Northwest Territories

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    undeniable that the government tried to get the Inuit’s consent and respect their rights. In addition, the Canadian government wanted to provide the Inuit with more opportunities to achieve a delightful life, respecting their human rights. It believed that the conditions in the then Northwest Territories would improve the Inuit’s life standards. Alex Stevenson included in the Eastern Arctic Patrol report that “country produce was plentiful” in the then Northwest Territories (1950). He also mentioned that there were Greenland Eskimos hunting on Ellesmere Island and they could easily make a living. The report showed that the then Northwest Territories had many resources so that the Inuit would be able to produce more and benefit from the relocation. Also, the fact that Greenland Eskimos preferred Ellesmere Island to islands in their own country emphasized the richness of animals to hunt on islands in the Northern Canada. Based on the belief that the natural resources would help improve the quality of life of the Inuit, the government suggested the relocation. It held good intentions of respecting the Inuit’s right to a decent life. In contrast to the countless possibilities in the then Northwest Territories, the Hudson’s Bay region, the Inuit’s hometown, was going through a hard time in the 1950s. Diamond Jenness, a historian, stated that “when furs plummeted in 1948/9 to only half of their earlier value, the situation of the natives became desperate (Vol.2 Canada, 1966)”. The…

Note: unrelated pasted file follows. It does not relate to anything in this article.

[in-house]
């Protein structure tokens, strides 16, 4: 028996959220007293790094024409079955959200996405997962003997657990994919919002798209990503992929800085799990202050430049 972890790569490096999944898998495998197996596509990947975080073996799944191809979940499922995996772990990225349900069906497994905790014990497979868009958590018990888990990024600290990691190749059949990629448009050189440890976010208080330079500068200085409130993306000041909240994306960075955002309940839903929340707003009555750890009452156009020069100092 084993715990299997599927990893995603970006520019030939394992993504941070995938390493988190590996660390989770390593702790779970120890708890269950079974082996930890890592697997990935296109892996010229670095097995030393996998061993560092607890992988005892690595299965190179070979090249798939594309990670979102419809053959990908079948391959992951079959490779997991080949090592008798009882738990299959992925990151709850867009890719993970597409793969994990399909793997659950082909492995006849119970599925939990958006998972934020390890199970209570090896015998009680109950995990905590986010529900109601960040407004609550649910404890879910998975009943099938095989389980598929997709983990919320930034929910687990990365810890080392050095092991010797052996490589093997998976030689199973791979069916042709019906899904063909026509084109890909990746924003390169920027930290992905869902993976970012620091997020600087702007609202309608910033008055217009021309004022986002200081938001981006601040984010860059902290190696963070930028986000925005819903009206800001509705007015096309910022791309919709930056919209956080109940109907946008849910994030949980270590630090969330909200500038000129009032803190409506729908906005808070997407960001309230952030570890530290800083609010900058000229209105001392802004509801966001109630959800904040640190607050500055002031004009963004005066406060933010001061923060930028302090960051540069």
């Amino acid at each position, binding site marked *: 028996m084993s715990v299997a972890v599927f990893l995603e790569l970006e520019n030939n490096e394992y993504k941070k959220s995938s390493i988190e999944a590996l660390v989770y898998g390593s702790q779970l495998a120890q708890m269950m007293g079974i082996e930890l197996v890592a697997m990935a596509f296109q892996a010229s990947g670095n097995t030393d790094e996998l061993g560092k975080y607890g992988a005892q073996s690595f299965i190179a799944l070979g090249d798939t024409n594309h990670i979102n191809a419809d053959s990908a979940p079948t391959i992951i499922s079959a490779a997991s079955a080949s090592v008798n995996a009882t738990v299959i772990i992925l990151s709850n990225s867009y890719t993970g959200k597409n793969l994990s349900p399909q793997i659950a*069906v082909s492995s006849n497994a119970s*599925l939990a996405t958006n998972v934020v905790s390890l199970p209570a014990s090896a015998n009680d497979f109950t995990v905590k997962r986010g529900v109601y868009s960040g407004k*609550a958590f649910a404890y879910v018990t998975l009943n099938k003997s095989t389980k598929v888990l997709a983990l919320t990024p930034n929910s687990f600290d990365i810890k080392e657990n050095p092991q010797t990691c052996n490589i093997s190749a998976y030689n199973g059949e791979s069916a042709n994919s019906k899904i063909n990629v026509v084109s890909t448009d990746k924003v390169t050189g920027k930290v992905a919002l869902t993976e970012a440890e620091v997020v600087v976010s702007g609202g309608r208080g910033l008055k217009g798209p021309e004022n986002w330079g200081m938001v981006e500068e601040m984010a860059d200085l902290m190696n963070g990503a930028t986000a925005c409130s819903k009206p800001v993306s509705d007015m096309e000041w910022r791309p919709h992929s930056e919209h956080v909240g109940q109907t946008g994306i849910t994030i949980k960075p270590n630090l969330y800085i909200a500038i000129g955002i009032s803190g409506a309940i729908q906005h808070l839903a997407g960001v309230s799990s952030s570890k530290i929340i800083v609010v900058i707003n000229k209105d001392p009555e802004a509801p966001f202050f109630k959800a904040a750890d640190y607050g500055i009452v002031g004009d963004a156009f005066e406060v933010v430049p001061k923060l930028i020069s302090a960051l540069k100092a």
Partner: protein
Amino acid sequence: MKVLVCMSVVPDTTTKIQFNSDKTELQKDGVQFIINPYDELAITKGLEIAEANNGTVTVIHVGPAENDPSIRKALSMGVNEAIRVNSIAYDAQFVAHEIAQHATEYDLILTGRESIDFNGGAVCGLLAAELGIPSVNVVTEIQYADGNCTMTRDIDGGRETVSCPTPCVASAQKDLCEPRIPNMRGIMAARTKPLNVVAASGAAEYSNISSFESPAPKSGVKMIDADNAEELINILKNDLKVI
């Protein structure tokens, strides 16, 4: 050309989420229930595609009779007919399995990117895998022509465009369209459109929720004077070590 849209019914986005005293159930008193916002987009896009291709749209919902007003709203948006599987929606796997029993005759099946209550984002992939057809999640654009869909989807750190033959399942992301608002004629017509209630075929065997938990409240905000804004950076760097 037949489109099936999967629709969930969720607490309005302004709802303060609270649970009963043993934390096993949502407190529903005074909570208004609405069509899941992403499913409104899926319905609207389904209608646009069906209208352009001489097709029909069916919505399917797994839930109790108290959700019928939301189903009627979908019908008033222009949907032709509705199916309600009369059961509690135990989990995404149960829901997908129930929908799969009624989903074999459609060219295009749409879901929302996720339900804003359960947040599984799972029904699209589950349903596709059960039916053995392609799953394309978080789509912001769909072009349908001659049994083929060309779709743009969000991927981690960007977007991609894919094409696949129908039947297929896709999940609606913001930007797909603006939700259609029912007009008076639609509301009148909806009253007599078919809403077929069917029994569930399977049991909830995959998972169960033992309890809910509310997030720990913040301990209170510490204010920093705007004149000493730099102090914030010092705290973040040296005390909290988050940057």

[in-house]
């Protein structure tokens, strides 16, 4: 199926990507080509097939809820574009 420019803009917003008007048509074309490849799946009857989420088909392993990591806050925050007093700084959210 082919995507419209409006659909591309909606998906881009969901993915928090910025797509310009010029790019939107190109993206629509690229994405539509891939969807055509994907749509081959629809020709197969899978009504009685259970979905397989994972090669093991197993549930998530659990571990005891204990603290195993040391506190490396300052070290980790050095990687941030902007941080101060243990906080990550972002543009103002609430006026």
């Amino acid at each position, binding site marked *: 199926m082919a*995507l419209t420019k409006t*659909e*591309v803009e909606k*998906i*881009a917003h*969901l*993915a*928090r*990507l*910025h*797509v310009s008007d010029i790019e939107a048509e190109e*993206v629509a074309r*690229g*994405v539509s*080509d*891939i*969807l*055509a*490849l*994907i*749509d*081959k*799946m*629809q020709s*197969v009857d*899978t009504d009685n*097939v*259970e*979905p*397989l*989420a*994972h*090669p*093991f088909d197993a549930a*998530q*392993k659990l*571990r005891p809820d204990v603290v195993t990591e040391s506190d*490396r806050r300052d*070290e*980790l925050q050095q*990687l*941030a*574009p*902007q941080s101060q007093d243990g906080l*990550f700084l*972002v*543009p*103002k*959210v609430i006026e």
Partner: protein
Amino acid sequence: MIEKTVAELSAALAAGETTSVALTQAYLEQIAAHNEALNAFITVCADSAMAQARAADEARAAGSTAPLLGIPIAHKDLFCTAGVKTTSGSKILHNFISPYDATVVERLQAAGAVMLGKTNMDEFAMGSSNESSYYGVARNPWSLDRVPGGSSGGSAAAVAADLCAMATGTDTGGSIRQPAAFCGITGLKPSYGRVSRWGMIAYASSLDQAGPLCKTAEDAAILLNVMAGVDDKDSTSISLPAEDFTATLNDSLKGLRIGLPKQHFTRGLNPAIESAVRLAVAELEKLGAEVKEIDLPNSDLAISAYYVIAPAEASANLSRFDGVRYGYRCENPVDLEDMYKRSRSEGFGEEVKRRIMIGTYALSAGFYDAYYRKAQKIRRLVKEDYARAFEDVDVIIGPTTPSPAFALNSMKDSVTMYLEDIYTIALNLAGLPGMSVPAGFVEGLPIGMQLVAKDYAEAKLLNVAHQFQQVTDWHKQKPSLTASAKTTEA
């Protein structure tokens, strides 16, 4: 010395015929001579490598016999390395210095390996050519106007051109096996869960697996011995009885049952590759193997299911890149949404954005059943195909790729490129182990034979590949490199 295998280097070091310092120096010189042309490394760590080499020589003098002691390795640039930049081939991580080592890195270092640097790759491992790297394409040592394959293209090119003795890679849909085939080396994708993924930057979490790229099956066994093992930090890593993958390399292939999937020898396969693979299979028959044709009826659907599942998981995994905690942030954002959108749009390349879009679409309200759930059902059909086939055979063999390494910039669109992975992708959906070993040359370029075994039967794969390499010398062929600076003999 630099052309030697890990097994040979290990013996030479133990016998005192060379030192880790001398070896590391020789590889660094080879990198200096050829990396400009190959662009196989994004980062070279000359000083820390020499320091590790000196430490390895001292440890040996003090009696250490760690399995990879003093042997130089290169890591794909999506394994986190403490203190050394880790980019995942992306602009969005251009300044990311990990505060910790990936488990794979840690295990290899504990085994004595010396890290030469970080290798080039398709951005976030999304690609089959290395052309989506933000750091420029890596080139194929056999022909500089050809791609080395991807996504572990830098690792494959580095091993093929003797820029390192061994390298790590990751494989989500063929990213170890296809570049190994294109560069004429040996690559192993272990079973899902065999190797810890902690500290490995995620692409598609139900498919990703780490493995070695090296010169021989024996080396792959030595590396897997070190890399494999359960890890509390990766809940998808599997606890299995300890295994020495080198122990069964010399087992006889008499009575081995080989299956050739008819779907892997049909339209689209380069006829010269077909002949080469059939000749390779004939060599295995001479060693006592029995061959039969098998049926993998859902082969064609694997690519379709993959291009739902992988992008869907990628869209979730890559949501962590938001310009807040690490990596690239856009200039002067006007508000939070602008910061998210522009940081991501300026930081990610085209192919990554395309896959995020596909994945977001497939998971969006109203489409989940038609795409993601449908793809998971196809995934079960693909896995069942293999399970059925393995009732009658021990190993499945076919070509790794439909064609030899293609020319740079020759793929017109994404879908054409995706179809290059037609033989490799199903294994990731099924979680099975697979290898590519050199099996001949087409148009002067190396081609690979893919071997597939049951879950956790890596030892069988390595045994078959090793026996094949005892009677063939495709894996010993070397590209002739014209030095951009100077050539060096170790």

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    In 1978, the Canadian Government began to look to the North for economic expansion as a result of the vast resources of the North (Sinclair). The area is rich in gold and oil and the rest of the world also saw the economic potential in the North (Sinclair). In 1985, the United States of America began traveling through the Northwest Passage without the permission from Canada, lobbying the Northern waters to become international (Dickason and Newbigging 277). Canada saw the United States as a…

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    Terms within the treaty stated that the Sauk and Fox tribes would cede their lands east of the Mississippi River to the United States (Lewis, 2014). In return for their land, the Sauk and Fox tribes would immediately receive over $2,000 in goods and a combined annual payment of $1,000 (Trask, 2006). Article II of the treaty outlines the territory the Sauk and Fox tribes ceded to the United States, which covered large areas in present-day northwestern Illinois and southern Wisconsin (Kappler,…

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    The Midwest, a place in the world where communities are closely aligned to one another. These small, rural communities rely on every person in order to create that community. It seems as though that knowing everyone around the small communities was what made a person successful in life. Additionally, these communities valued hard-work and honesty when it came with almost everything they did in their lives; whether it was working in the farmlands or spreading information throughout the…

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    Ullman And Woolman